Museum of Fine Arts, Boston, Debuts New Book Exploring History of Oscar Heyman Jewelers
BOSTON (January 26, 2017)—The Museum of Fine Arts, Boston (MFA), announces the publication of Oscar Heyman: The Jewelers’ Jeweler, the first illustrated history of Oscar Heyman & Brothers, a firm that has designed meticulously crafted adornments for some of America’s most elite jewelry houses since 1912. The brand’s extensive clientele list includes Cartier, Tiffany & Co., Harry Winston, Van Cleef & Arpels, Shreve, Crump & Low and Black, Starr & Frost. Enhanced with new photography of vintage and contemporary pieces, as well as design drawings from the firm’s archives that are works of art in their own right, the book reveals Oscar Heyman’s important role in the story of high-style American jewelry. Available on April 1, 2017 in the MFA Shops, retail bookstores and online, Oscar Heyman: The Jewelers’ Jeweler is produced by MFA Publications, the publishing imprint of the Museum. It was authored by Yvonne J. Markowitz, Rita J. Kaplan and Susan B. Kaplan Curator Emerita of Jewelry at the MFA, and Elizabeth Hamilton, an independent writer and researcher and a graduate of Parsons the New School for Design/Cooper-Hewitt National Design Museum. The book is one of several titles dedicated to jewelry that have been produced by MFA Publications in recent years, which also include Jewels of Ancient Nubia, Artful Adornments: Jewelry from the Museum of Fine Arts, Boston, The Jewels of Trabert & Hoeffer-Mauboussin, Jewelry by Artists: In the Studio 1940–2000 and Imperishable Beauty: Art Nouveau Jewelry. Support for this publication was generously provided by Jean S. and Frederic A. Sharf and Oscar Heyman & Brothers, Inc.
“For more than a century, Oscar Heyman & Brothers, known as ‘the jewelers’ jeweler,’ has maintained a national reputation for outstanding ornaments set with superior gemstones,” said Markowitz. “Until recently, the Oscar Heyman name was unknown outside the jewelry world, as the company preferred anonymity and discretion, but today the brand is synonymous with dazzling, high-style jewels. I’m pleased to highlight its prosperous history with the release of this new publication.”
Oscar Heyman & Brothers has been a family business since its establishment, now in its third generation. The company’s founding brothers, Oscar and Nathan, apprenticed at a workshop that produced high-style ornaments for the Russian court jeweler Peter Carl Fabergé before leaving Eastern Europe for New York City. Within a few years, they established their own firm, distinctive for dynamic and contemporary designs, impeccable manufacture, technological sophistication and high-quality materials. Eventually, the other Heyman brothers joined the growing business, which remains entirely autonomous—maintaining in-house production of jewelry from inception through completion—to this day.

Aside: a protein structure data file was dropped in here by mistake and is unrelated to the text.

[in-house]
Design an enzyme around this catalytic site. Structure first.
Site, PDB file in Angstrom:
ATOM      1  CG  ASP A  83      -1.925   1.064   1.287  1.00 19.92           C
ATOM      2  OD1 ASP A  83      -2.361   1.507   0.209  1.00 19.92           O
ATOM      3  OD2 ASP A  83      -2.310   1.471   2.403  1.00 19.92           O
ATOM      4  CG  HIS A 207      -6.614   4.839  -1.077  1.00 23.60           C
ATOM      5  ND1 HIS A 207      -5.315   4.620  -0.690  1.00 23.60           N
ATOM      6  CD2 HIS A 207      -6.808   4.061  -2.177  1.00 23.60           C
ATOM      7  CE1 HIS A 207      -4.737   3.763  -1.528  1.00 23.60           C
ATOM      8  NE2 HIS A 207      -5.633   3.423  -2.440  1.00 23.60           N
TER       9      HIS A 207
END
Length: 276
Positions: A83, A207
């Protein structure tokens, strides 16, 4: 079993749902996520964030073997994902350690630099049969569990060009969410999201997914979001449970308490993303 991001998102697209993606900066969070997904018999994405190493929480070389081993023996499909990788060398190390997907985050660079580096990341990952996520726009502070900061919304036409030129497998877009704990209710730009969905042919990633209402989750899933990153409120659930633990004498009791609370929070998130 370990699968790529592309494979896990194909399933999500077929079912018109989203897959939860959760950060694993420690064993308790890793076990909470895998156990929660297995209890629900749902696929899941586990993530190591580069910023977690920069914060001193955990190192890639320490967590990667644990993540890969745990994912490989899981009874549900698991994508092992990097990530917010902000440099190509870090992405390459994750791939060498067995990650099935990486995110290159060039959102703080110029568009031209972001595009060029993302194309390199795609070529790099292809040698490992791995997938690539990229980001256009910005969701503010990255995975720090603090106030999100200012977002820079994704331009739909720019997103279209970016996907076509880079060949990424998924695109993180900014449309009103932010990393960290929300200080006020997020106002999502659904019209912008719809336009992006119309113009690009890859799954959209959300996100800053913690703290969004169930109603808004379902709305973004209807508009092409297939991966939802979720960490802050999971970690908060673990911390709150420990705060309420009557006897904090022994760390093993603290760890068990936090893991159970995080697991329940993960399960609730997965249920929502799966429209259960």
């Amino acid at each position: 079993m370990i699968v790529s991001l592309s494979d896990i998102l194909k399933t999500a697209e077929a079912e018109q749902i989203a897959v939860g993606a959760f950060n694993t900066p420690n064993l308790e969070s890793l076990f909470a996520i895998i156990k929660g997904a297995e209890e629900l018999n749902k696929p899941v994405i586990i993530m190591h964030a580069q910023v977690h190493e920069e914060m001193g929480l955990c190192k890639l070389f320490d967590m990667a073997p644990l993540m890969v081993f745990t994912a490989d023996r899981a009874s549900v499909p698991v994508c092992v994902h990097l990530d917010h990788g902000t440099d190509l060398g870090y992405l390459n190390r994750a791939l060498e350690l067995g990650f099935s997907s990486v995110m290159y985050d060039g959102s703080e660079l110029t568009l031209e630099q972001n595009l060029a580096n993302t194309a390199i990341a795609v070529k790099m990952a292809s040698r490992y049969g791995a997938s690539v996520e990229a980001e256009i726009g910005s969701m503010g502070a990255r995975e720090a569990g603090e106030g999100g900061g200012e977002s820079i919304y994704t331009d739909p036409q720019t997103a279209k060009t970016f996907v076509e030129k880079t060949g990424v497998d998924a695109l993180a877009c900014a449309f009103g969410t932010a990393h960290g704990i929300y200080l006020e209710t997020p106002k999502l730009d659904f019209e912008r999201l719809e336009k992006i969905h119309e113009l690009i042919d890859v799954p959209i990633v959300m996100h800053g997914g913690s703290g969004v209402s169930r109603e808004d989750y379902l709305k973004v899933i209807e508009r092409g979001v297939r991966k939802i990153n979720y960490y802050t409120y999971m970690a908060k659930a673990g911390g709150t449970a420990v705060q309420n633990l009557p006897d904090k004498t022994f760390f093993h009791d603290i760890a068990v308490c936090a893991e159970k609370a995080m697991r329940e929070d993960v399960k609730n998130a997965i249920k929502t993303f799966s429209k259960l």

“It’s inspiring to see how far Oscar Heyman has come since my grandfather and great uncles started the business in 1912 and how it thrives today,” said Tom Heyman, Partner at Oscar Heyman & Brothers. “With this book from the MFA, readers will come to appreciate our rich history and unique combination of engineering capabilities, technical skill and artistic style, which enable us to continue to create one-of-a-kind pieces. We want to thank authors Yvonne Markowitz and Elizabeth Hamilton for their dedication and passion to the art of jewelry. We applaud them for profiling the distinct art of fine jewelry craftsmanship.”
The new publication tells the firm’s history from its beginnings at the turn of the 20th century and traces its growth and innovation decade by decade. Nearly 70 ornaments are highlighted, demonstrating how the business adapted new aesthetics in response to the changing desires of consumers. The earliest examples include a 1929 platinum, diamond and emerald brooch from the MFA’s collection. Originally owned and frequently worn by the heiress and art collector Marjorie Merriweather Post, the brooch fuses design elements of Art Deco and the Edwardian era. A similar stylistic mix appears in a platinum and diamond pendant that features flanking cornucopias and a central oval element with a large round diamond, retailed in the 1920s by Raymond Yard and now in the Neil Lane Collection.